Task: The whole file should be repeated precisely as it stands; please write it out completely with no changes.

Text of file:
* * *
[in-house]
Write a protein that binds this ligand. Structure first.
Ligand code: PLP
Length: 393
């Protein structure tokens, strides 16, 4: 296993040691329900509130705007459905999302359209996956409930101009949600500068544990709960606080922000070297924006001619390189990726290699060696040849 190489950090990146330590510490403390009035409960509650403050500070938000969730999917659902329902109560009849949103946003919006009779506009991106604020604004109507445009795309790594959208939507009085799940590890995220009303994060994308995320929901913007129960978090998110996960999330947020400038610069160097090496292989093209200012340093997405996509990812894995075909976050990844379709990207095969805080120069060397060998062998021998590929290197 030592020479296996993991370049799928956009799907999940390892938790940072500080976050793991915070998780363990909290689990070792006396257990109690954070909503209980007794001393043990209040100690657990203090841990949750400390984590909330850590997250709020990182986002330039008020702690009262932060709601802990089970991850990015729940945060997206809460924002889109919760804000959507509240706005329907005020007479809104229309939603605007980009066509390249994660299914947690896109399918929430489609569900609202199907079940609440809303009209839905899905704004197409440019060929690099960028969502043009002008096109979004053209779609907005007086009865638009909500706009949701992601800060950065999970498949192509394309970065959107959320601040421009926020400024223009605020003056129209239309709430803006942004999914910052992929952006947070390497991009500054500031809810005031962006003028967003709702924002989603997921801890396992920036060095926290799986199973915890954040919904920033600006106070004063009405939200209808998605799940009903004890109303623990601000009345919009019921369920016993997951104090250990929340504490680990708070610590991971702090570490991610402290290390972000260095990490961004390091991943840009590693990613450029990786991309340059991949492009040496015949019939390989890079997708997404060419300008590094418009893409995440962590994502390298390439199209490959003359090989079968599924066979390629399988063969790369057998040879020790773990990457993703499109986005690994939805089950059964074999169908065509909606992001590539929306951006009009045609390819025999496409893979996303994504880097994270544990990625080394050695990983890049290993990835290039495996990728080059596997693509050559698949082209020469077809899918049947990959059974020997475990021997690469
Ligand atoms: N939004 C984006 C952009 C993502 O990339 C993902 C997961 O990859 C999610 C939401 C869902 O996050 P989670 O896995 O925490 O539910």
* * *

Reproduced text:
[in-house]
Write a protein that binds this ligand. Structure first.
Ligand code: PLP
Length: 393
């Protein structure tokens, strides 16, 4: 296993040691329900509130705007459905999302359209996956409930101009949600500068544990709960606080922000070297924006001619390189990726290699060696040849 190489950090990146330590510490403390009035409960509650403050500070938000969730999917659902329902109560009849949103946003919006009779506009991106604020604004109507445009795309790594959208939507009085799940590890995220009303994060994308995320929901913007129960978090998110996960999330947020400038610069160097090496292989093209200012340093997405996509990812894995075909976050990844379709990207095969805080120069060397060998062998021998590929290197 030592020479296996993991370049799928956009799907999940390892938790940072500080976050793991915070998780363990909290689990070792006396257990109690954070909503209980007794001393043990209040100690657990203090841990949750400390984590909330850590997250709020990182986002330039008020702690009262932060709601802990089970991850990015729940945060997206809460924002889109919760804000959507509240706005329907005020007479809104229309939603605007980009066509390249994660299914947690896109399918929430489609569900609202199907079940609440809303009209839905899905704004197409440019060929690099960028969502043009002008096109979004053209779609907005007086009865638009909500706009949701992601800060950065999970498949192509394309970065959107959320601040421009926020400024223009605020003056129209239309709430803006942004999914910052992929952006947070390497991009500054500031809810005031962006003028967003709702924002989603997921801890396992920036060095926290799986199973915890954040919904920033600006106070004063009405939200209808998605799940009903004890109303623990601000009345919009019921369920016993997951104090250990929340504490680990708070610590991971702090570490991610402290290390972000260095990490961004390091991943840009590693990613450029990786991309340059991949492009040496015949019939390989890079997708997404060419300008590094418009893409995440962590994502390298390439199209490959003359090989079968599924066979390629399988063969790369057998040879020790773990990457993703499109986005690994939805089950059964074999169908065509909606992001590539929306951006009009045609390819025999496409893979996303994504880097994270544990990625080394050695990983890049290993990835290039495996990728080059596997693509050559698949082209020469077809899918049947990959059974020997475990021997690469
Ligand atoms: N939004 C984006 C952009 C993502 O990339 C993902 C997961 O990859 C999610 C939401 C869902 O996050 P989670 O896995 O925490 O539910």